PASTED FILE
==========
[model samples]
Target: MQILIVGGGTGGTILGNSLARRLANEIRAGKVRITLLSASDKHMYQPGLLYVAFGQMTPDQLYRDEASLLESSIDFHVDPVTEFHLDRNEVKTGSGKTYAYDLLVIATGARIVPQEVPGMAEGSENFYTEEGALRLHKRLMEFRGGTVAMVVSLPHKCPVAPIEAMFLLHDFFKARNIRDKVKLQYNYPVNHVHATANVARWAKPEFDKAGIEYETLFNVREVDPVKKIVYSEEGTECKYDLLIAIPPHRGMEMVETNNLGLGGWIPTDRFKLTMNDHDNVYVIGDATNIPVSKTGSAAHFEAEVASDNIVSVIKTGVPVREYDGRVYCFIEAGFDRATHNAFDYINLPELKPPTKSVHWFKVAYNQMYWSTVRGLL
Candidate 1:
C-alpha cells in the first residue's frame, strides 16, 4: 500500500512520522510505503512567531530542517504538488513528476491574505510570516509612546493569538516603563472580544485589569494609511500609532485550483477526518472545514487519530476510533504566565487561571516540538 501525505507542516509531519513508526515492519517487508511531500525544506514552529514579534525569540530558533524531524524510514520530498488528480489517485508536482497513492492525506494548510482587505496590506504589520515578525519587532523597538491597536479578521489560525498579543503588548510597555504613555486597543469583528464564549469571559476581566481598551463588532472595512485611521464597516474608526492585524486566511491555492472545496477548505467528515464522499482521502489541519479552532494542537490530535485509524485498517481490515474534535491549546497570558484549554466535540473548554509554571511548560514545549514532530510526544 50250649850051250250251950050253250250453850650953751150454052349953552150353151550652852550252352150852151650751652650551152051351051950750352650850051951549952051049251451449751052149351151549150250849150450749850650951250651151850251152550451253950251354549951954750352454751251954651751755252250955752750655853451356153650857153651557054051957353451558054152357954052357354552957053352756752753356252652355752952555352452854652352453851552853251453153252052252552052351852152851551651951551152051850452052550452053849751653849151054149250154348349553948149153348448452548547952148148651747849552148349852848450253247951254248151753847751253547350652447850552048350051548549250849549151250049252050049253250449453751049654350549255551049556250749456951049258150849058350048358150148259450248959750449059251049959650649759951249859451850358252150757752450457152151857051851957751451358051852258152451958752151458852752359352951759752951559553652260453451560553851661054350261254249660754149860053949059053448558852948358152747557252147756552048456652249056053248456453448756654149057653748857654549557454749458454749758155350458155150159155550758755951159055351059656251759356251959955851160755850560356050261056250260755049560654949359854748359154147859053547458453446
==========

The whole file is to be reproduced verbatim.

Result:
[model samples]
Target: MQILIVGGGTGGTILGNSLARRLANEIRAGKVRITLLSASDKHMYQPGLLYVAFGQMTPDQLYRDEASLLESSIDFHVDPVTEFHLDRNEVKTGSGKTYAYDLLVIATGARIVPQEVPGMAEGSENFYTEEGALRLHKRLMEFRGGTVAMVVSLPHKCPVAPIEAMFLLHDFFKARNIRDKVKLQYNYPVNHVHATANVARWAKPEFDKAGIEYETLFNVREVDPVKKIVYSEEGTECKYDLLIAIPPHRGMEMVETNNLGLGGWIPTDRFKLTMNDHDNVYVIGDATNIPVSKTGSAAHFEAEVASDNIVSVIKTGVPVREYDGRVYCFIEAGFDRATHNAFDYINLPELKPPTKSVHWFKVAYNQMYWSTVRGLL
Candidate 1:
C-alpha cells in the first residue's frame, strides 16, 4: 500500500512520522510505503512567531530542517504538488513528476491574505510570516509612546493569538516603563472580544485589569494609511500609532485550483477526518472545514487519530476510533504566565487561571516540538 501525505507542516509531519513508526515492519517487508511531500525544506514552529514579534525569540530558533524531524524510514520530498488528480489517485508536482497513492492525506494548510482587505496590506504589520515578525519587532523597538491597536479578521489560525498579543503588548510597555504613555486597543469583528464564549469571559476581566481598551463588532472595512485611521464597516474608526492585524486566511491555492472545496477548505467528515464522499482521502489541519479552532494542537490530535485509524485498517481490515474534535491549546497570558484549554466535540473548554509554571511548560514545549514532530510526544 50250649850051250250251950050253250250453850650953751150454052349953552150353151550652852550252352150852151650751652650551152051351051950750352650850051951549952051049251451449751052149351151549150250849150450749850650951250651151850251152550451253950251354549951954750352454751251954651751755252250955752750655853451356153650857153651557054051957353451558054152357954052357354552957053352756752753356252652355752952555352452854652352453851552853251453153252052252552052351852152851551651951551152051850452052550452053849751653849151054149250154348349553948149153348448452548547952148148651747849552148349852848450253247951254248151753847751253547350652447850552048350051548549250849549151250049252050049253250449453751049654350549255551049556250749456951049258150849058350048358150148259450248959750449059251049959650649759951249859451850358252150757752450457152151857051851957751451358051852258152451958752151458852752359352951759752951559553652260453451560553851661054350261254249660754149860053949059053448558852948358152747557252147756552048456652249056053248456453448756654149057653748857654549557454749458454749758155350458155150159155550758755951159055351059656251759356251959955851160755850560356050261056250260755049560654949359854748359154147859053547458453446